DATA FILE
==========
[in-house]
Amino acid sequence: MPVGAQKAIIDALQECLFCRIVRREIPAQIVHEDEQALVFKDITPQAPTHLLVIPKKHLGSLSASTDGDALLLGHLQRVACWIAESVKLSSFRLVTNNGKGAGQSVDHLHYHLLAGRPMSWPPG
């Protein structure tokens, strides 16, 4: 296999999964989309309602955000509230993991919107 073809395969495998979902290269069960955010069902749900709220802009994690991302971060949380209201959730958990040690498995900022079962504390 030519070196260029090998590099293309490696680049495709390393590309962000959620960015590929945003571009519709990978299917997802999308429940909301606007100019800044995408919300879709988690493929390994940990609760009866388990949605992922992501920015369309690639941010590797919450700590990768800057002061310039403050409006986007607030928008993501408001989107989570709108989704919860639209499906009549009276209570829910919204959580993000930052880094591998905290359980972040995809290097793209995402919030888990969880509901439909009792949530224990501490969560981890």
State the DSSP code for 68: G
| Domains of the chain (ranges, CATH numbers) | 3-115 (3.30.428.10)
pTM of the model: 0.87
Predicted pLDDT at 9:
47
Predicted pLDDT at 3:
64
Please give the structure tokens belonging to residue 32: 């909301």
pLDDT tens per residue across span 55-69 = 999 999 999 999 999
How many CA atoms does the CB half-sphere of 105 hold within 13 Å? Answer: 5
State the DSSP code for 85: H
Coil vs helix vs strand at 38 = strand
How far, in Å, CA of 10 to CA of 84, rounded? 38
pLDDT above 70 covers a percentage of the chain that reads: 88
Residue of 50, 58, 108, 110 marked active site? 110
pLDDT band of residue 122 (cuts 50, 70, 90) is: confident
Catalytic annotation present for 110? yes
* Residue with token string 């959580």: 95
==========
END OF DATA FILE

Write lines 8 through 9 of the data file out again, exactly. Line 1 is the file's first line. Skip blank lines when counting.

47
Predicted pLDDT at 3: